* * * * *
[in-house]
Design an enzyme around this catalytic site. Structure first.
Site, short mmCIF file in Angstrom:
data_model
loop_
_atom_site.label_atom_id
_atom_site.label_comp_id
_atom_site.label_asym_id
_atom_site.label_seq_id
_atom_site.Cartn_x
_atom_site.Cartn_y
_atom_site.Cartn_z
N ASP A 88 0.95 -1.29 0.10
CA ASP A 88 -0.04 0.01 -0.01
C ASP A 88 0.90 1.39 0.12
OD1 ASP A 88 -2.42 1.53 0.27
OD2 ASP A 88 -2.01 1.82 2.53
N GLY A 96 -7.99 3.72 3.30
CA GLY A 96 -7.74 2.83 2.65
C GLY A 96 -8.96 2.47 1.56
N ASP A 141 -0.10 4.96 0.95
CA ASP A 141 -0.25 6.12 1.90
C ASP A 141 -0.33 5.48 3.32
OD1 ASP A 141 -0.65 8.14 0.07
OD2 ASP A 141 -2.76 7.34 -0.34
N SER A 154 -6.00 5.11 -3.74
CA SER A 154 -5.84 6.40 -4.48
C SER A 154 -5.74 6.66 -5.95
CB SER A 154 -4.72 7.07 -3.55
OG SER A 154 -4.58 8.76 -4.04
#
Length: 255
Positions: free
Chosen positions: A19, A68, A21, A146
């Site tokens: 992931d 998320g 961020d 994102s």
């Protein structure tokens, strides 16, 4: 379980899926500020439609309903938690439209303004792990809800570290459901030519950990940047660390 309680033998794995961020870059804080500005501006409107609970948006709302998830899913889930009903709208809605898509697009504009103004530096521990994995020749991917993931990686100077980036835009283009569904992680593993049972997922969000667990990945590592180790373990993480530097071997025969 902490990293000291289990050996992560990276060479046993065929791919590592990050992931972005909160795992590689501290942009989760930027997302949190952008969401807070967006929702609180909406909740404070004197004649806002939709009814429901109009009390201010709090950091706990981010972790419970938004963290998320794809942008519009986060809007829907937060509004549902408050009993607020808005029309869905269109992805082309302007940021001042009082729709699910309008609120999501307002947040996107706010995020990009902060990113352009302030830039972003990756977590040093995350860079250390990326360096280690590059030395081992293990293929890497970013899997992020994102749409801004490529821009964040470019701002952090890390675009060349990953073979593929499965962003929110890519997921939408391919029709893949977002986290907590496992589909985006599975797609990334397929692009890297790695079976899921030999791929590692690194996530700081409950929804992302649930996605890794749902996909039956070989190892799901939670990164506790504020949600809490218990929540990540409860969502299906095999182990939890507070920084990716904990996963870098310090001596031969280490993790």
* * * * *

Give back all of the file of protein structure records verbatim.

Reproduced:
[in-house]
Design an enzyme around this catalytic site. Structure first.
Site, short mmCIF file in Angstrom:
data_model
loop_
_atom_site.label_atom_id
_atom_site.label_comp_id
_atom_site.label_asym_id
_atom_site.label_seq_id
_atom_site.Cartn_x
_atom_site.Cartn_y
_atom_site.Cartn_z
N ASP A 88 0.95 -1.29 0.10
CA ASP A 88 -0.04 0.01 -0.01
C ASP A 88 0.90 1.39 0.12
OD1 ASP A 88 -2.42 1.53 0.27
OD2 ASP A 88 -2.01 1.82 2.53
N GLY A 96 -7.99 3.72 3.30
CA GLY A 96 -7.74 2.83 2.65
C GLY A 96 -8.96 2.47 1.56
N ASP A 141 -0.10 4.96 0.95
CA ASP A 141 -0.25 6.12 1.90
C ASP A 141 -0.33 5.48 3.32
OD1 ASP A 141 -0.65 8.14 0.07
OD2 ASP A 141 -2.76 7.34 -0.34
N SER A 154 -6.00 5.11 -3.74
CA SER A 154 -5.84 6.40 -4.48
C SER A 154 -5.74 6.66 -5.95
CB SER A 154 -4.72 7.07 -3.55
OG SER A 154 -4.58 8.76 -4.04
#
Length: 255
Positions: free
Chosen positions: A19, A68, A21, A146
């Site tokens: 992931d 998320g 961020d 994102s």
């Protein structure tokens, strides 16, 4: 379980899926500020439609309903938690439209303004792990809800570290459901030519950990940047660390 309680033998794995961020870059804080500005501006409107609970948006709302998830899913889930009903709208809605898509697009504009103004530096521990994995020749991917993931990686100077980036835009283009569904992680593993049972997922969000667990990945590592180790373990993480530097071997025969 902490990293000291289990050996992560990276060479046993065929791919590592990050992931972005909160795992590689501290942009989760930027997302949190952008969401807070967006929702609180909406909740404070004197004649806002939709009814429901109009009390201010709090950091706990981010972790419970938004963290998320794809942008519009986060809007829907937060509004549902408050009993607020808005029309869905269109992805082309302007940021001042009082729709699910309008609120999501307002947040996107706010995020990009902060990113352009302030830039972003990756977590040093995350860079250390990326360096280690590059030395081992293990293929890497970013899997992020994102749409801004490529821009964040470019701002952090890390675009060349990953073979593929499965962003929110890519997921939408391919029709893949977002986290907590496992589909985006599975797609990334397929692009890297790695079976899921030999791929590692690194996530700081409950929804992302649930996605890794749902996909039956070989190892799901939670990164506790504020949600809490218990929540990540409860969502299906095999182990939890507070920084990716904990996963870098310090001596031969280490993790």